- River News
- Support our Work
- Mississippi River Challenge
- People & Places
- About the Mississippi
- Our Programs
- About FMR
- Contact Us
Working to protect the Mississippi River and its watershed in the Twin Cities area
Photo: University of Minnesota
It's official: The effort to repeal rulemaking authority for the Mississippi River Corridor Critical Area has failed.
The bill sought to roll back vital environmental protections for the Mississippi River Corridor Critical Area (MRCCA) — a 72-mile protected corridor from Dayton to Hastings. Despite never having a hearing in the House, the repeal bill made its way into the final budget bill that passed in both the House and Senate at the end of the regular legislative session. Governor Mark Dayton vetoed this original budget bill, in part because of its inclusion of policy related items such as the repeal. Although some legislators continued to push for its inclusion, the repeal did not make it into the final, compromise budget bill passed during the special session.
The Mississippi River is one of Minnesota’s claims to fame and is a profoundly important ecological, recreational and economic asset. The effort to adopt state rules to update minimum standards and guidelines for the corridor to protect these assets is much needed (see link below). Fortunately, the Minnesota Department of Natural Resources has nearly completed a draft of the updated Critical Area standards. A repeal would have wasted this important effort, squandered a half-million dollars of Legacy funds and left our great river without these improved protections.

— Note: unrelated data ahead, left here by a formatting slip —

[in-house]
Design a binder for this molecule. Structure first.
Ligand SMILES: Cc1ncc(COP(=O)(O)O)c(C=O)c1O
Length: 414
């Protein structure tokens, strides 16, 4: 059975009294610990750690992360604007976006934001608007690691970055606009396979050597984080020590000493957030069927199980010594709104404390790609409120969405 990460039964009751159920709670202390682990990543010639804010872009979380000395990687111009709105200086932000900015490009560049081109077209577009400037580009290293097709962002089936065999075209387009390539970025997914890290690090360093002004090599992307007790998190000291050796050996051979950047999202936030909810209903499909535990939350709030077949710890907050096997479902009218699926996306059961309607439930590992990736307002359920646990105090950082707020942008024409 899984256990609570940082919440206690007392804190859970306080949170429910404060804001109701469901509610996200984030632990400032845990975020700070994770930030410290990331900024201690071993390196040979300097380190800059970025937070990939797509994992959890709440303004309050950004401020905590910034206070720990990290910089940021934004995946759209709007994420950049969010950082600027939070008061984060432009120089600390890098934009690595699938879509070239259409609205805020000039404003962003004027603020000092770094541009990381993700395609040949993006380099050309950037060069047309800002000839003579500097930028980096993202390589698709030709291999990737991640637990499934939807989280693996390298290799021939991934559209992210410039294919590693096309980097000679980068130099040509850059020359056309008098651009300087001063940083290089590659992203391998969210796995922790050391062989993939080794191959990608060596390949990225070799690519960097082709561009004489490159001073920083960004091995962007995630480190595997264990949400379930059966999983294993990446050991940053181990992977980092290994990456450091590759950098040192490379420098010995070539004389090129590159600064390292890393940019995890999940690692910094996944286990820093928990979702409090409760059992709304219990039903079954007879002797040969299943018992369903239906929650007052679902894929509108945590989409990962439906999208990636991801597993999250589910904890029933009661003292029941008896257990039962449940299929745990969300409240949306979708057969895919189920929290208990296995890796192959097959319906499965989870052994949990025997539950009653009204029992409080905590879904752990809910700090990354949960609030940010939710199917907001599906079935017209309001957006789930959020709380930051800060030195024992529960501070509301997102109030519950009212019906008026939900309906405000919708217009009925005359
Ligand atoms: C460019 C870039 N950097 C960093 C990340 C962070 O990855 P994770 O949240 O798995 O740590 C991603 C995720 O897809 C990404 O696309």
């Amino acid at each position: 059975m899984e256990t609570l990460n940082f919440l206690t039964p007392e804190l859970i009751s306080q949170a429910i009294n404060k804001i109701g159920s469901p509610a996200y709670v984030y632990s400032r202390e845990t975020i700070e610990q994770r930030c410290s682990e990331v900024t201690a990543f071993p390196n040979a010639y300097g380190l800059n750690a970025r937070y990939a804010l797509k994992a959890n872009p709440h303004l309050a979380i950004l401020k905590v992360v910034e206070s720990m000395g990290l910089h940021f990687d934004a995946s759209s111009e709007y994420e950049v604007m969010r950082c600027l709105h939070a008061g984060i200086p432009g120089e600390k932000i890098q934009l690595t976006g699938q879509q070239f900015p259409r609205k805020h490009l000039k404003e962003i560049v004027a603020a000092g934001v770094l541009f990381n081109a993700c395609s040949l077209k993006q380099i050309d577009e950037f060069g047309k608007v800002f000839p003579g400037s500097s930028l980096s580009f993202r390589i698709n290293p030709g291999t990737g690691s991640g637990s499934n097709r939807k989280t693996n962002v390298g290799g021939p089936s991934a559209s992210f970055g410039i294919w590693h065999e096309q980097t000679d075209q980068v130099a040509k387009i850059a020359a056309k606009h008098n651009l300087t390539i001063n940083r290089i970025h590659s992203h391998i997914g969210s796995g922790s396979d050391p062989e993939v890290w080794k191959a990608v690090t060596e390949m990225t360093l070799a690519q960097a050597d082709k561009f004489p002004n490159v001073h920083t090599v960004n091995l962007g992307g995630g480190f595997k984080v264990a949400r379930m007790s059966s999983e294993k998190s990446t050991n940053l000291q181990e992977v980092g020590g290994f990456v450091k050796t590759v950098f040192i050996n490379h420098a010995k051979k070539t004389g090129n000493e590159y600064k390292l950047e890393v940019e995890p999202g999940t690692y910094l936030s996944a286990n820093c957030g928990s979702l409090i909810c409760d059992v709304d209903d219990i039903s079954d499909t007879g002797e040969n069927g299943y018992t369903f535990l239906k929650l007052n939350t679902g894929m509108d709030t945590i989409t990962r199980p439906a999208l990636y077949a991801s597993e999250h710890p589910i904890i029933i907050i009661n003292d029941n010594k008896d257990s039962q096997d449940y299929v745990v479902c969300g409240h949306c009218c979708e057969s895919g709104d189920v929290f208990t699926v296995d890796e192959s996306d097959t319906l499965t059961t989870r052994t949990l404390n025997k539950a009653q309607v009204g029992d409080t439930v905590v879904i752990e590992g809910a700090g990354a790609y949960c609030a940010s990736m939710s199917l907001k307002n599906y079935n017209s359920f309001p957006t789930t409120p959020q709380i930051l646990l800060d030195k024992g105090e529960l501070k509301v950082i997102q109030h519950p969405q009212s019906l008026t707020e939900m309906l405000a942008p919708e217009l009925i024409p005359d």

FMR is grateful to Governor Dayton, his staff and his administration for holding the line on protecting the Critical Area. Thanks also to all of you who helped prevent this harmful repeal. Your calls and emails to our state leaders may sometimes feel like a drop in the bucket, but together they formed a river of support for our governor to do the right thing and truly made a difference for the river!
The next steps for the Critical Area rulemaking process are not yet clear. A deadline to publish the draft rules within 18 months of the original authorization was missed at the end of 2010 and could prevent the Department of Natural Resources from moving ahead with the process without additional legislative authorization.
As always, stay tuned. We’ll keep you posted.